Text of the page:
Tuesday, September 12, 2006

Dallas Willard on Spiritual Formation... 1/9

When successful, spiritual reformation unites the divided heart and life of the individual, and such people can then bring remarkable harmony into the groups where they participate". (Willard 2002)

Mission and Spiritual Formation...

Exploring Spiritual Formation is going to be a big part of our new role as we move on from Poplar to be Spiritual Programme Directors at The Salvation Army Training College. I've been trying to make sense of this latest twist of our journey in ministry. Dallas Willard sets the foundations for Spiritual Formation and makes a comforting connection for me - Mission and Spiritual Formation are intrinsically linked.
"The individual's life is often divided into incoherent fragments. Like a city whose walls are broken down is a man who lacks self-control (Prov 25:28). In a world deeply infected with evil and ,stuff' that just happens, the usual case is that the individual does not consistently do what his or her own heart says is good and right. When successful, spiritual reformation unites the divided heart and life of the individual, and such people can then bring remarkable harmony into the groups where they participate". (Willard 2002:36)

Willard, D(2002) Renovation of the Heart: Putting on the Character of Christ

I'm fast coming to the conclusion that what unifies churches - whether institutional or em., large or small, neo-monastic or radically primitive, whatever it is that scratches your ecclesiastical itch - is the propensity for distraction.

We become pre-occupied with what we sing, what we don't sing, what worship looks like what worship could look like, what U2 lyrics to use to a clip from Whalerider, what U2 lyrics not to use to a clip from Whalerider. We become pre-occupied with our preference our choice. I look at the conferences we sign up for; the books we buy; the techniques we salivate over I wonder if we would all save a bit of money if we identified our 'divided incoherent fragments' of life and got back to the alternative way of living and being as modeled in the life of Jesus.

"If we fail to put the focus on [the] principles and absolutes,... we will wander off into a state of distraction. And that is where most of our local congregations actually are. They wind up majoring on minors and allowing the majors, from the New Testament point of view, to disappear." (Willard 2002:26)

The point is that an distracted heart contributes to a distracted church, a distracted church brings dissonance rather than harmony to its community. A focused heart contributes to a focused church, a focused church brings remarkable harmony where ever it may participate.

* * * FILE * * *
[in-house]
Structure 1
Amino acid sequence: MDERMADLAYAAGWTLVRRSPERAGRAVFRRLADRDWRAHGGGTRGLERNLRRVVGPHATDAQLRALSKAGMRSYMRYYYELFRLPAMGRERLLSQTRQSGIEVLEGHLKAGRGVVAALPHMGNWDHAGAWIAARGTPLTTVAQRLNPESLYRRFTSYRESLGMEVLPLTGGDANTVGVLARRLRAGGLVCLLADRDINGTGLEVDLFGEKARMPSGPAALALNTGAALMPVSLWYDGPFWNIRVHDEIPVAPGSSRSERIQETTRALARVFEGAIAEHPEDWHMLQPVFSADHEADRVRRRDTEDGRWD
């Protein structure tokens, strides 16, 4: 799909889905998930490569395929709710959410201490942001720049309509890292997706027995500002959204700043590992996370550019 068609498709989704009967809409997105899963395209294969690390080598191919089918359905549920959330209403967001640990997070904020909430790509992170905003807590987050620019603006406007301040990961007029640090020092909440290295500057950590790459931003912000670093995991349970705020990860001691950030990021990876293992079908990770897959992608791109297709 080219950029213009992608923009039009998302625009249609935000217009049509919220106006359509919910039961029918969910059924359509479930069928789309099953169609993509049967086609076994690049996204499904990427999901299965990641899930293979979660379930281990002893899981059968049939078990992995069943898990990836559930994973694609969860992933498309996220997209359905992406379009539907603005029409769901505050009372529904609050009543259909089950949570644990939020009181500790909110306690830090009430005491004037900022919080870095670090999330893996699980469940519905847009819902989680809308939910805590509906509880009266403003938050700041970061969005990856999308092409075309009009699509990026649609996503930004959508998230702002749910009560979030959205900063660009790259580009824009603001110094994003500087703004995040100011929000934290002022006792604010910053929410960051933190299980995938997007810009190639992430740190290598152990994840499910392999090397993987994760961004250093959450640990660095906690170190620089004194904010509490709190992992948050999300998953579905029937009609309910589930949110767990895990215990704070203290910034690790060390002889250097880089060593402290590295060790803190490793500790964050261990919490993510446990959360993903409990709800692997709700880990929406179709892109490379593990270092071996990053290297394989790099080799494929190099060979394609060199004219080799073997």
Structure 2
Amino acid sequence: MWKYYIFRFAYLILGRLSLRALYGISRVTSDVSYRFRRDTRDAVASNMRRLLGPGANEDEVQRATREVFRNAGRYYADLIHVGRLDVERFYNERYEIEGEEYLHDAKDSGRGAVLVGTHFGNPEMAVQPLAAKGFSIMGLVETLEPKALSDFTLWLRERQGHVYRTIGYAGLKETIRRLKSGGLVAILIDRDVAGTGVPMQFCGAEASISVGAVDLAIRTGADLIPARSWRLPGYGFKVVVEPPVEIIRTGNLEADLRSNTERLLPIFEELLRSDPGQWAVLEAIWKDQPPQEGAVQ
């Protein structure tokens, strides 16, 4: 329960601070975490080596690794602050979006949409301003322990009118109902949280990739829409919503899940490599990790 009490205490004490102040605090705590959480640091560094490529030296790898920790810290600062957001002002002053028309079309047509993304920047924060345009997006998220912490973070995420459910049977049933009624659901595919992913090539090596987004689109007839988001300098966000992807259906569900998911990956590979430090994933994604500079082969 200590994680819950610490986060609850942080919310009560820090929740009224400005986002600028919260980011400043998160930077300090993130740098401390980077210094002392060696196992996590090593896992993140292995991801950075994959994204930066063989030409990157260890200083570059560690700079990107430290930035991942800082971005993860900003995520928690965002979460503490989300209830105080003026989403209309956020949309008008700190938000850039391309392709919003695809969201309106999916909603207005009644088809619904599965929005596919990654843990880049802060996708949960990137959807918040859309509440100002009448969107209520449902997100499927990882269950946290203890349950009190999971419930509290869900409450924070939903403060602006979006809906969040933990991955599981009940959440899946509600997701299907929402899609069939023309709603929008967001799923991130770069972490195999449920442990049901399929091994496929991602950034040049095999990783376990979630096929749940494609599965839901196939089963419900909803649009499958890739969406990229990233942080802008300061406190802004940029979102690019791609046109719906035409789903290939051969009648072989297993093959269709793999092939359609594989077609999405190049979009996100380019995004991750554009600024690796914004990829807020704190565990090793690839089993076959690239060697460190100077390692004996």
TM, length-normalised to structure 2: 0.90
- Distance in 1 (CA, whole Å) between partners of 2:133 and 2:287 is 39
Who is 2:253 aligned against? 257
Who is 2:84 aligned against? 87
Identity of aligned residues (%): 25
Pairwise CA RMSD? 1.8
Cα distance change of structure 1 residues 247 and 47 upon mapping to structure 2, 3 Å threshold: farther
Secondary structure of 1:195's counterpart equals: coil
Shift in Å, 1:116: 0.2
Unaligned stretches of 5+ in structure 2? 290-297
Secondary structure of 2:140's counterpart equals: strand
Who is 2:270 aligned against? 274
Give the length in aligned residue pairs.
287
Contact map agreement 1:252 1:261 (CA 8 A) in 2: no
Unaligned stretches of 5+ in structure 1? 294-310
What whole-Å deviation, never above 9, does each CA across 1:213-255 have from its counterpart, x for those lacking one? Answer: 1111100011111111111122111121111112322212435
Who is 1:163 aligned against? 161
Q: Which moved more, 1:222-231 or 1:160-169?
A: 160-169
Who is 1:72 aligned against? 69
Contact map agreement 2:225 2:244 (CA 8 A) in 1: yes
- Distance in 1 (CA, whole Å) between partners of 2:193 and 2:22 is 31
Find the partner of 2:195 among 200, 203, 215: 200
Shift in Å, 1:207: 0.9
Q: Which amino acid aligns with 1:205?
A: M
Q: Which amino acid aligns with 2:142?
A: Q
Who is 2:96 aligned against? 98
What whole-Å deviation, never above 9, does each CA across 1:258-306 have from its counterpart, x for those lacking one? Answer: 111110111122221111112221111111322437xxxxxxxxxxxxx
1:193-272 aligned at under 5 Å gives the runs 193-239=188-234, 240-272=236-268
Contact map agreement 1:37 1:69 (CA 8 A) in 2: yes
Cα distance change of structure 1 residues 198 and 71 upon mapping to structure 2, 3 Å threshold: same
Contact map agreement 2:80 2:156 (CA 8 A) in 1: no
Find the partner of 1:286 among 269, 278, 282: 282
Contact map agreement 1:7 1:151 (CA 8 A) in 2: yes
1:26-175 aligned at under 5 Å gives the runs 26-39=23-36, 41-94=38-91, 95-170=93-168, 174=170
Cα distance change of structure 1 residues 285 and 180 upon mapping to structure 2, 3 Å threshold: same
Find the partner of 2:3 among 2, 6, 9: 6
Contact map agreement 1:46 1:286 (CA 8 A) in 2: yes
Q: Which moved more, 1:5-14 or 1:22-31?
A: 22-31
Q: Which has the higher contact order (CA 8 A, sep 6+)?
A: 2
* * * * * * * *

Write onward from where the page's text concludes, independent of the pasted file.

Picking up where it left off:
Eleanor Burne-Jones said...

I've blogged my response over at http://www.eveningbeaches.blogspot.com

Having had training in mediation, I see conflict as inevitable and a normal part of church life. What matters is how we handle it - in that if we can integrate a gentle and creative conflict transformation into the normal life of a church, conflict becomes an opportunity to encounter the grace of God and to come to a deeper understanding of one another and the issues facing us. In a remarkable way, particularly because of the way our God transforms us and situations, it can contribute to harmony rather than undermine it. But it is up to us as a church to decide how we respond.

Warmest blessings
Eleanor n/TSSF

Thomas said...

Hey Gordon!

Hope alls going well!

IHQ is going well. Perhaps if you're up for it we can meet for coffee/lunch sometime next week!

God Bless!


Andrew Bale said...


I agree completely.

See my blog entry on Finney’s ‘Systematic Theology’ (September 8th - beyondthebrook.blogspot.com)

I would go further and draw on Carol Young’s comments (September 9th - old-wells.blogspot.com) and say that we are seeing the establishment of individual communities within the church (these are not formed along denominational – they cross denominational boundaries).

These communities have a series of celebrity speakers/icons to whom they look for guidance. They have a stock library selected from the works of their chosen celebrity authors. They attend a celebrity circuit of events where their celebrity speakers are invited to preach and where their celebrity preachers’ books are offered for sale.

The whole thing is sustained internally. Very few conversions occur as the focus is largely inward. These communities are identified by the clothes people wear, the songs they sing, the way they speak, the friends they keep (the people they ignore) etc. These communities talk about revival but believe that a real spiritual awakening can only occur once the church universal joins their cause. So it is their cause which becomes their raison d'ĂȘtre and the rest of the church the enemy – it is a deeply sad state of affairs and one which is currently showing its teeth in our own territory.

To quote from an email I sent recently “When will we learn that we are unsuccessful not because we wear the wrong clothes, sing the wrong songs, print the wrong tracts or call each other the wrong names - we are unsuccessful because we are personally and corporately disobedient. It is not a matter of cultural relevance but a matter of personal consecration. When Salvationists rediscover the essential requirement of entire sanctification then God will bless us.”

Yours set apart by Christ, for the lost, in the Army.


Gordon said...

Andrew - thanks for the comments, the partisan approach I believe can be seen and you are right it really is a distraction.

Eleanor - thanks as ever!

Thomas - I'll check the diary and give you a call.